Sunday, July 31, 2011

Negromancer News Bits and Bites July 31 2011 - Weekend Edition

News for me and news for y'all:

A Dark Knight Rises News Alert!  Total Film has found several set pictures of Tom Hardy in one of his Bane costumes.


They're rioting in the streets. Lawd! Two theatre chains, Regal and AMC, have cancelled showings of the documentary, Electric Daisy Carnival Experience, after violence erupted at the Hollywood premiere earlier this week.  The documentary is about the Electric Daisy Carnival, an annual electronic music festival or rave.


The New York Times has a short article on Steven Spielberg's busy year, which will end with two films he has directed, Tintin and War Horse.


At the recently concluded 2011 Comic-Con International in San Diego, Francis Ford Coppola talked about his 3D film, Twixt.  Reuters has the story and an interview.


Over at the excellent Box Office Mojo, Brandon Gray puts a beatdown on the lies being told by supporters of the Sarah Palin clownumentary... I mean documentary and propaganda puff piece, The Undefeated.

Review: "Blade II" is Still Too Legit to Quit (Happy B'day, Wesley Snipes)

TRASH IN MY EYE No. 26 (of 2002) by Leroy Douresseaux

Blade II (2002)
Running time: 117 minutes (1 hour, 57 minutes)
MPAA – R for strong pervasive violence, language, some drug use and sexual content
DIRECTOR: Guillermo del Toro
WRITER: David S. Goyer (Blade based upon the character created by Marv Wolfman and Gene Colan)
PRODUCERS: Peter Frankfurt, Patrick J. Palmer, and Wesley Snipes
CINEMATOGRAPHER: Gabriel Beristain (D.o.P.)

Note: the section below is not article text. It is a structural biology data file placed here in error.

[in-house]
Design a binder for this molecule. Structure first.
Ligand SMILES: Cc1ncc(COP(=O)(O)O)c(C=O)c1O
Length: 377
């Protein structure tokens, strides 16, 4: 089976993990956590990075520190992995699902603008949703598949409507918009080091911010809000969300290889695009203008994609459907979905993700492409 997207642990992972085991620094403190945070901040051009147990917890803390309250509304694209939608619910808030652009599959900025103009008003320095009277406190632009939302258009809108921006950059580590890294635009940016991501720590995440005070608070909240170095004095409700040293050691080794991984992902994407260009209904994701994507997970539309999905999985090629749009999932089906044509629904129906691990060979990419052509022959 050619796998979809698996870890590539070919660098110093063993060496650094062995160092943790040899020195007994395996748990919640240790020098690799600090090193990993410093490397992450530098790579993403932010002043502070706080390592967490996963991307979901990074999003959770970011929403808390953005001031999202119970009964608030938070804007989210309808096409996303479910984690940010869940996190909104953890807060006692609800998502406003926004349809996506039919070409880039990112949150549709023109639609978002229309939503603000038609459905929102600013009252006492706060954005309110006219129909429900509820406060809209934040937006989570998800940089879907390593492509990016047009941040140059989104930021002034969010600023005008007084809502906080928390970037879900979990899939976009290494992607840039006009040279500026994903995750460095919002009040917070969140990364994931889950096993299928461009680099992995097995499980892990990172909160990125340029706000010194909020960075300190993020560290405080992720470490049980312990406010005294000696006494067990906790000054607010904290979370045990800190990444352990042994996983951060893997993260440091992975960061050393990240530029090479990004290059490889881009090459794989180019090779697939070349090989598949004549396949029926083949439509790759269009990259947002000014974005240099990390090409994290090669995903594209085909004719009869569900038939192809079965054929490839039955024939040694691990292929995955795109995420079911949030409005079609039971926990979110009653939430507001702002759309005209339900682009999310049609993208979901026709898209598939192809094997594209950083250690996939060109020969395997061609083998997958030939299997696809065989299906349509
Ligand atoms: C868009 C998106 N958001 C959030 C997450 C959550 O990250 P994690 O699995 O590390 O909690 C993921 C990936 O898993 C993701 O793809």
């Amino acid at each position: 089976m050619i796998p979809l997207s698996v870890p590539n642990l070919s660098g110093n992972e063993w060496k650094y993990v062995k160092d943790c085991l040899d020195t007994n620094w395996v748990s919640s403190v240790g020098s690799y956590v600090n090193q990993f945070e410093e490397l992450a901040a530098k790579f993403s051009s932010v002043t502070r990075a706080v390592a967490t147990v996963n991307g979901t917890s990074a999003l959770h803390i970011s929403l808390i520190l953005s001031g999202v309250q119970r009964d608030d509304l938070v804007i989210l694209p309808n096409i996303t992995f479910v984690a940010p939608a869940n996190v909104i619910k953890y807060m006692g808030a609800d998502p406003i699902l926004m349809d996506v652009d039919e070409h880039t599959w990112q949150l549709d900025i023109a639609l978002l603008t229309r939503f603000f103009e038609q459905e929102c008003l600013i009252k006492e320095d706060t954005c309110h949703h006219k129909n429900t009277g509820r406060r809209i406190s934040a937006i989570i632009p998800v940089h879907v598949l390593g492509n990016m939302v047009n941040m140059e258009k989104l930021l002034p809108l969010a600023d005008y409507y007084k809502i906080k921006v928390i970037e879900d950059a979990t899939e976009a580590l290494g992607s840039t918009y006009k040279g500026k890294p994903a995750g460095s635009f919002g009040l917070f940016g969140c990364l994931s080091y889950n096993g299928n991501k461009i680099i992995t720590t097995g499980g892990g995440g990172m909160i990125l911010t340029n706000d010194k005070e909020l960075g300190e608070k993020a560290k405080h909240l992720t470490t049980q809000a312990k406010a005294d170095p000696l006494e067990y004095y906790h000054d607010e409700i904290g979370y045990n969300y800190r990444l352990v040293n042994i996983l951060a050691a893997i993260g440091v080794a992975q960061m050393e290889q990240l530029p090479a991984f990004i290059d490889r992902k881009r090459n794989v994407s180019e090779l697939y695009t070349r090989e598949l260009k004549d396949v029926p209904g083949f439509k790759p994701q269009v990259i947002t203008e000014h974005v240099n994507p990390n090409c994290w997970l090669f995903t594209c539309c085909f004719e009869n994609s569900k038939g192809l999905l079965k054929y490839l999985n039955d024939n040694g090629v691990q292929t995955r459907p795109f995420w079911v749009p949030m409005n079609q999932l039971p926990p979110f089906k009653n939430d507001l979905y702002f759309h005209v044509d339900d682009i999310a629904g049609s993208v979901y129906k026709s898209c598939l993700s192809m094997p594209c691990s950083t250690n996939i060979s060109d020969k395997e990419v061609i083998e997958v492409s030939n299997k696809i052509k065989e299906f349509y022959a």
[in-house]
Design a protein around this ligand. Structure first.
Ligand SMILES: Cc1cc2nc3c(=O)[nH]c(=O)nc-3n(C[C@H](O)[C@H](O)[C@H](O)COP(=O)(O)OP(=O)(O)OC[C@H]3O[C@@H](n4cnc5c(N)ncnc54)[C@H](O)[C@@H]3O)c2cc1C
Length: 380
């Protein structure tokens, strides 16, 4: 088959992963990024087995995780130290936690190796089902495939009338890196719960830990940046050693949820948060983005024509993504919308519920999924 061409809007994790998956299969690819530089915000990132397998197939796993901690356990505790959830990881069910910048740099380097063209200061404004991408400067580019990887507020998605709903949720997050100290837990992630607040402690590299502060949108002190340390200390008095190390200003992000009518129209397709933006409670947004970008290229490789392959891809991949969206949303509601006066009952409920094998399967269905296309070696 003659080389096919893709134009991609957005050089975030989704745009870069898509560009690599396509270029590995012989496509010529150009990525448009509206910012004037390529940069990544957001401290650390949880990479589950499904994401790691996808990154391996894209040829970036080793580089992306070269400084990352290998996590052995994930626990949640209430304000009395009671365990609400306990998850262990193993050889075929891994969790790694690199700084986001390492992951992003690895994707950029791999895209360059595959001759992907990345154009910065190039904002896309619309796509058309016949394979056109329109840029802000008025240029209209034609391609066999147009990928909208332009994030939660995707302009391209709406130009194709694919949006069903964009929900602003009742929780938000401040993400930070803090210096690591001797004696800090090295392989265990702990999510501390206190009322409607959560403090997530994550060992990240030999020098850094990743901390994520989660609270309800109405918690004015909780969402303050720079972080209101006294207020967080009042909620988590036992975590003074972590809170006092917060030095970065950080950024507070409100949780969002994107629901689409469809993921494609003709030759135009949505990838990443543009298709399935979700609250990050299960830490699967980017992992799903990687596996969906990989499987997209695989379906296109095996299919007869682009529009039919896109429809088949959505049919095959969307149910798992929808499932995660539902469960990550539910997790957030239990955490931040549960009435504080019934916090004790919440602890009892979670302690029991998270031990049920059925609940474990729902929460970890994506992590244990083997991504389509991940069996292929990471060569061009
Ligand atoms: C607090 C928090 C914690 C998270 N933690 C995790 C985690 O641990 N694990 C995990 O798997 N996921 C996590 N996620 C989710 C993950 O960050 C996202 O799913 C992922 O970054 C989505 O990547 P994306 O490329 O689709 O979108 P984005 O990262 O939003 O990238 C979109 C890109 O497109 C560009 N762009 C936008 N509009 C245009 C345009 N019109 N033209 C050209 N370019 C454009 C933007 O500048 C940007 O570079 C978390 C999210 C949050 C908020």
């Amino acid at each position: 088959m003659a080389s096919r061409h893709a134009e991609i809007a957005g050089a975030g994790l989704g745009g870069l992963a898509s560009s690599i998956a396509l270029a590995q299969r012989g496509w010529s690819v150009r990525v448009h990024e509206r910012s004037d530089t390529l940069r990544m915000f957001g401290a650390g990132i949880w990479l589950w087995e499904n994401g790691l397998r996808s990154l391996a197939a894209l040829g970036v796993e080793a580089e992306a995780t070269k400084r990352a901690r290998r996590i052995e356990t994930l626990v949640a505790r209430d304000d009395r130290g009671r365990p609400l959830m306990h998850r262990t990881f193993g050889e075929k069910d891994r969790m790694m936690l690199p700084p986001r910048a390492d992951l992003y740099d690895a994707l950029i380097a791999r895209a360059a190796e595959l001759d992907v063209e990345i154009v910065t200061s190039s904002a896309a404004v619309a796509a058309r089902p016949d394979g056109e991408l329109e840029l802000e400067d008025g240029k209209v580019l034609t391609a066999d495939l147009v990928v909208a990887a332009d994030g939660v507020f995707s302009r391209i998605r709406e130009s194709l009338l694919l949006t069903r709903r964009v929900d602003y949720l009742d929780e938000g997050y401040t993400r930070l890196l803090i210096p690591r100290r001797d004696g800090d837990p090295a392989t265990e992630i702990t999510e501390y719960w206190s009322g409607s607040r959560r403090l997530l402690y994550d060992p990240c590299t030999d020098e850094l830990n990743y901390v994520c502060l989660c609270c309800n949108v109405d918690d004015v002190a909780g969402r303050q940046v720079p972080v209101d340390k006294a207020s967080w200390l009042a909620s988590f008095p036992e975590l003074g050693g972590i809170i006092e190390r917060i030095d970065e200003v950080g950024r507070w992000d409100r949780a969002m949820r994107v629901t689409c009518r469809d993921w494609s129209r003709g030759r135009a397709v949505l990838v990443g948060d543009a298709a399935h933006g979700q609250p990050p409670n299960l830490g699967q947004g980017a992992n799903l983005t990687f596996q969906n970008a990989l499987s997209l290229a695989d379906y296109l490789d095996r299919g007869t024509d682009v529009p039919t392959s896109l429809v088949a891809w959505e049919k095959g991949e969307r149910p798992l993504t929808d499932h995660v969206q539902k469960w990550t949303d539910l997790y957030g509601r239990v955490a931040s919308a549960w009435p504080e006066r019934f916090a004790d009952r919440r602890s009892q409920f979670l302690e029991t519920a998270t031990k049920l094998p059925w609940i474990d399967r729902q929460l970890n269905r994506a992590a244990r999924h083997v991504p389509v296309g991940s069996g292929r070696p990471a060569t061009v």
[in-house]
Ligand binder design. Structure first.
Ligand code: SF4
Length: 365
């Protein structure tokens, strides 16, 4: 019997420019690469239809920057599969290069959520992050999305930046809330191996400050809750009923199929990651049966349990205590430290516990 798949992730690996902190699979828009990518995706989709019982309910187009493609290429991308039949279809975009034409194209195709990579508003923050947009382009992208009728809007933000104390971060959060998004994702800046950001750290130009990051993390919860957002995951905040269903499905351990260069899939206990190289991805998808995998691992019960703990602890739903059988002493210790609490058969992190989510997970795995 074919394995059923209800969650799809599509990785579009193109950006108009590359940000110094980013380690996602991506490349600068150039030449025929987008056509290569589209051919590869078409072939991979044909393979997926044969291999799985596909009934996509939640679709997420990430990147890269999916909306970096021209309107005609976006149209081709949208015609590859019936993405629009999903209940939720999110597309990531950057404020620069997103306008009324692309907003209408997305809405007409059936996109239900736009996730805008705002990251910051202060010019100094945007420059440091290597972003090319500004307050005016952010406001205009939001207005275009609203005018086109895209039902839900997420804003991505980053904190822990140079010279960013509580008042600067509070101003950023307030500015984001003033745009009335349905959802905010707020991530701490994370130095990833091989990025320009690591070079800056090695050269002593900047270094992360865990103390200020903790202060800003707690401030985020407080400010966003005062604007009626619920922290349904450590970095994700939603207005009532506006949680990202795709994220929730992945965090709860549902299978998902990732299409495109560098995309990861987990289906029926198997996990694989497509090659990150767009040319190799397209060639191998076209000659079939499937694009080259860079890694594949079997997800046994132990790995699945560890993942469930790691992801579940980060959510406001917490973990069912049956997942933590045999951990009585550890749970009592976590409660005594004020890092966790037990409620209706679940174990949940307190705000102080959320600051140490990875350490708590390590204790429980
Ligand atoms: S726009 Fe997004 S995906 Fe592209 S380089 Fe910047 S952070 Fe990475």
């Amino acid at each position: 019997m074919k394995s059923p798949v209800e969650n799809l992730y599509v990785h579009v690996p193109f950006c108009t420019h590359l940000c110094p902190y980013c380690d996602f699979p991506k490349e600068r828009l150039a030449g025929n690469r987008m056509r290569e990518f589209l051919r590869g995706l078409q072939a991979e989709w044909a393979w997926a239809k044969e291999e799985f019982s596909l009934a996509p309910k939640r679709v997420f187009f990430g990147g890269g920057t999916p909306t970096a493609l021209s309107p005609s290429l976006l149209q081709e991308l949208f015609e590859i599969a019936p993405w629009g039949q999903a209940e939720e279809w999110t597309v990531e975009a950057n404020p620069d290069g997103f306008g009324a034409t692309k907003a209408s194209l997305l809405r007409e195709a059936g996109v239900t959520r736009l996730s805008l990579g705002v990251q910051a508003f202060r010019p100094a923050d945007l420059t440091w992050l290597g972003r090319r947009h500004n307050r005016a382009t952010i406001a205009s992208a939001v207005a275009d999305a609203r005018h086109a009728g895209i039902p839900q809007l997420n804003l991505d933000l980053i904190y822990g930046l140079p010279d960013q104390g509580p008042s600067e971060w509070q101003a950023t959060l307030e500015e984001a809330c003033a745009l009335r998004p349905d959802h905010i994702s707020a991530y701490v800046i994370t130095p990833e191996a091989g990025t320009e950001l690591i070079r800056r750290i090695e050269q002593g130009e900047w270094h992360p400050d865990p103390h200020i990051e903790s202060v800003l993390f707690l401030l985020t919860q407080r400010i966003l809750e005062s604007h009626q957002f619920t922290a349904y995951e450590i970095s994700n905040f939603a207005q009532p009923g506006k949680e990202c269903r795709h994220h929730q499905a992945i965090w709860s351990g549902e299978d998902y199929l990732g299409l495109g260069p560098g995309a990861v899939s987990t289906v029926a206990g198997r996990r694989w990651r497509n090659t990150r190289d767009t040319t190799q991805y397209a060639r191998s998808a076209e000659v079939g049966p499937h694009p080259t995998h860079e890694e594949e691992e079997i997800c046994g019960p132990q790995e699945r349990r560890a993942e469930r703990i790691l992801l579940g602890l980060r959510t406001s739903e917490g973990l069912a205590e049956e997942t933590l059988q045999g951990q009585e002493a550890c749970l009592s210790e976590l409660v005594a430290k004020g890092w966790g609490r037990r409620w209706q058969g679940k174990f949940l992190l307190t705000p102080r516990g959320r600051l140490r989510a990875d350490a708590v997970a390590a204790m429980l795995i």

EDITOR: Peter Amundson
COMPOSER: Marco Beltrami


Starring: Wesley Snipes, Kris Kristofferson, Ron Perlman, Leonor Varela, Norman Reedus, Thomas Kretschmann, Luke Goss, Matthew Schulze, Danny John-Jules, and Donnie Yen

The human/vampire warrior Blade (Wesley Snipes) returns to do his thing, which is hunt and destroy vampires. While in Prague, Czech Republic to rescue his old partner Whistler (Kris Kristofferson), Blade receives a summons from Damaskinos (Thomas Kretschmann), the overlord of vampires. A new breed of creatures, The Reapers, is loose, and they feed on both humans and vampires. Damaskinos has formed a vampire tactical unit dubbed the Bloodpack to hunt the Reapers, but he also wants Blade’s assistance and offers a truce. The Reapers, however, led by the powerful Nomak (Luke Goss), prove to be a formidable foe.

Directed by Guillermo del Toro (Mimic), Blade II is that rare sequel that not only surpasses the original in quality, but also manages to be very different than the original. This is primarily through the efforts of del Toro; his sense of visual style has a huge impact upon this movie, and the look is seemingly based on art rather than music videos. (Stephen Norrington, the director of Blade, was also a director of music videos). He plays with light (natural and artificial) and darkness to set mood and tone, but also to suggest character motivation and plot elements. del Toro works like a painter, and he makes Blade 2 a wild ride, but reveals a thoughtful composition behind the camera.

In fact, the art department played a huge role in the look of the film. Wayne D. Barlow, the head creature designer, is famous in science fiction and fantasy circles for his drawings of aliens. Mike Mignola, the concept artist, worked on Atlantis: The Lost Continent for Disney. Timothy Bradstreet, a comic book artist and illustrator like Mignola and like Blade 2 storyboard artist Leo Duranona, designed the vampires in this film. Bradstreet’s work, according to him, probably influenced the look of the Blade character in the first film.